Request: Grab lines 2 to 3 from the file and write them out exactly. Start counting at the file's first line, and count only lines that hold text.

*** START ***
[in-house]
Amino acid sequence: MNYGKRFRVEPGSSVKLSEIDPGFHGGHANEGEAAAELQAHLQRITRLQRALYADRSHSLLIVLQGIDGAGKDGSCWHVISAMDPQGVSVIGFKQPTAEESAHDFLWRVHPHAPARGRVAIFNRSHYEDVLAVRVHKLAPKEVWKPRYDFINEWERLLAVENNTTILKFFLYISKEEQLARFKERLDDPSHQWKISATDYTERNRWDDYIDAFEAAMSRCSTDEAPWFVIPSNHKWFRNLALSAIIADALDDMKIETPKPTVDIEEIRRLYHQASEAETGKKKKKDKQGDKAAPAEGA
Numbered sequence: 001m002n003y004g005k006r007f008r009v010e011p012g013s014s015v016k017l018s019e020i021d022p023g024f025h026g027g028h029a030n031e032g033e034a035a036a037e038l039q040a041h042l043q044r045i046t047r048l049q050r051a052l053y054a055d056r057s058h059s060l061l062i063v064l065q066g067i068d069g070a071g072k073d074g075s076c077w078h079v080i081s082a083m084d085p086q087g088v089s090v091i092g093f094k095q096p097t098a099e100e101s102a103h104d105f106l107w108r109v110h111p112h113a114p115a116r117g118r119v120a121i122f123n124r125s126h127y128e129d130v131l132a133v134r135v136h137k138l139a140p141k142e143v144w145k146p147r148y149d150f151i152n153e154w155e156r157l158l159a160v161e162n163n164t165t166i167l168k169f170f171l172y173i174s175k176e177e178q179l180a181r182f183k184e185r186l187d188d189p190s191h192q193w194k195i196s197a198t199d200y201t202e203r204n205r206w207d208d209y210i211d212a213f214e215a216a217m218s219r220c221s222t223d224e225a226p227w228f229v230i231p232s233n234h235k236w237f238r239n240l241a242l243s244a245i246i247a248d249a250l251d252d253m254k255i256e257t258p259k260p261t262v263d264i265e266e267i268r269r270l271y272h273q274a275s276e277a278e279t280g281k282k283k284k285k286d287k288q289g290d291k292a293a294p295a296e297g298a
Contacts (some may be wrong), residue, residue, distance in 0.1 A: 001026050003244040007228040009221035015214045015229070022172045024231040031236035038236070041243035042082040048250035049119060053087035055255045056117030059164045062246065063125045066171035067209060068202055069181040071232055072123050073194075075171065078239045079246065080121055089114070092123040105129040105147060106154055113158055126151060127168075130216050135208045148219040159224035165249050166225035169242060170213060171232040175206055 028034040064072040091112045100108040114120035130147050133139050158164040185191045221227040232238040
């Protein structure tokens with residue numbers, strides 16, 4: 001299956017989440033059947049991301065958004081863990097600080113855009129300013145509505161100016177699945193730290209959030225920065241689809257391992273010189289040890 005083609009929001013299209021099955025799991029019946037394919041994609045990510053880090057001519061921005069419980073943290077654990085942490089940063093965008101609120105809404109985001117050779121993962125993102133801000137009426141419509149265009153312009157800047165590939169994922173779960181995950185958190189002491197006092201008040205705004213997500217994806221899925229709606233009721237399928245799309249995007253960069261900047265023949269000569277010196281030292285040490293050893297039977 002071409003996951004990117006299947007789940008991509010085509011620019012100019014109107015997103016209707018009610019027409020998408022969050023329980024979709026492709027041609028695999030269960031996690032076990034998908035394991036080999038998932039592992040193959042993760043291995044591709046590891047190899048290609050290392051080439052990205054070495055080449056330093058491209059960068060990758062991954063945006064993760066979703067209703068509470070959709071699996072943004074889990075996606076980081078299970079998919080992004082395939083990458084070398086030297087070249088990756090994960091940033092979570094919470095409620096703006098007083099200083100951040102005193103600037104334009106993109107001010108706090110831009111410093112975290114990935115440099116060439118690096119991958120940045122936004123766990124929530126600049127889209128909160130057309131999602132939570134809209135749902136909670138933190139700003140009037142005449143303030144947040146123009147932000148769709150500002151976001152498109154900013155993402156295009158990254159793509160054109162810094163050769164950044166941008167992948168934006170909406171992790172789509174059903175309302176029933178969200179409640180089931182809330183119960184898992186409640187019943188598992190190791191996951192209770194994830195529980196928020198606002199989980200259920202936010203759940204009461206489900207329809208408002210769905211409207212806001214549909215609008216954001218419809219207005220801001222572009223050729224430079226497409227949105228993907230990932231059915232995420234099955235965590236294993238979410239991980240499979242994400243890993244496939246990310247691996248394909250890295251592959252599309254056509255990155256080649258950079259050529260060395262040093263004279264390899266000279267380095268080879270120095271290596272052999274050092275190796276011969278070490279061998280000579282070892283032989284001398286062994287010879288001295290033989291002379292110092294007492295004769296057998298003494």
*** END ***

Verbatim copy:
Amino acid sequence: MNYGKRFRVEPGSSVKLSEIDPGFHGGHANEGEAAAELQAHLQRITRLQRALYADRSHSLLIVLQGIDGAGKDGSCWHVISAMDPQGVSVIGFKQPTAEESAHDFLWRVHPHAPARGRVAIFNRSHYEDVLAVRVHKLAPKEVWKPRYDFINEWERLLAVENNTTILKFFLYISKEEQLARFKERLDDPSHQWKISATDYTERNRWDDYIDAFEAAMSRCSTDEAPWFVIPSNHKWFRNLALSAIIADALDDMKIETPKPTVDIEEIRRLYHQASEAETGKKKKKDKQGDKAAPAEGA
Numbered sequence: 001m002n003y004g005k006r007f008r009v010e011p012g013s014s015v016k017l018s019e020i021d022p023g024f025h026g027g028h029a030n031e032g033e034a035a036a037e038l039q040a041h042l043q044r045i046t047r048l049q050r051a052l053y054a055d056r057s058h059s060l061l062i063v064l065q066g067i068d069g070a071g072k073d074g075s076c077w078h079v080i081s082a083m084d085p086q087g088v089s090v091i092g093f094k095q096p097t098a099e100e101s102a103h104d105f106l107w108r109v110h111p112h113a114p115a116r117g118r119v120a121i122f123n124r125s126h127y128e129d130v131l132a133v134r135v136h137k138l139a140p141k142e143v144w145k146p147r148y149d150f151i152n153e154w155e156r157l158l159a160v161e162n163n164t165t166i167l168k169f170f171l172y173i174s175k176e177e178q179l180a181r182f183k184e185r186l187d188d189p190s191h192q193w194k195i196s197a198t199d200y201t202e203r204n205r206w207d208d209y210i211d212a213f214e215a216a217m218s219r220c221s222t223d224e225a226p227w228f229v230i231p232s233n234h235k236w237f238r239n240l241a242l243s244a245i246i247a248d249a250l251d252d253m254k255i256e257t258p259k260p261t262v263d264i265e266e267i268r269r270l271y272h273q274a275s276e277a278e279t280g281k282k283k284k285k286d287k288q289g290d291k292a293a294p295a296e297g298a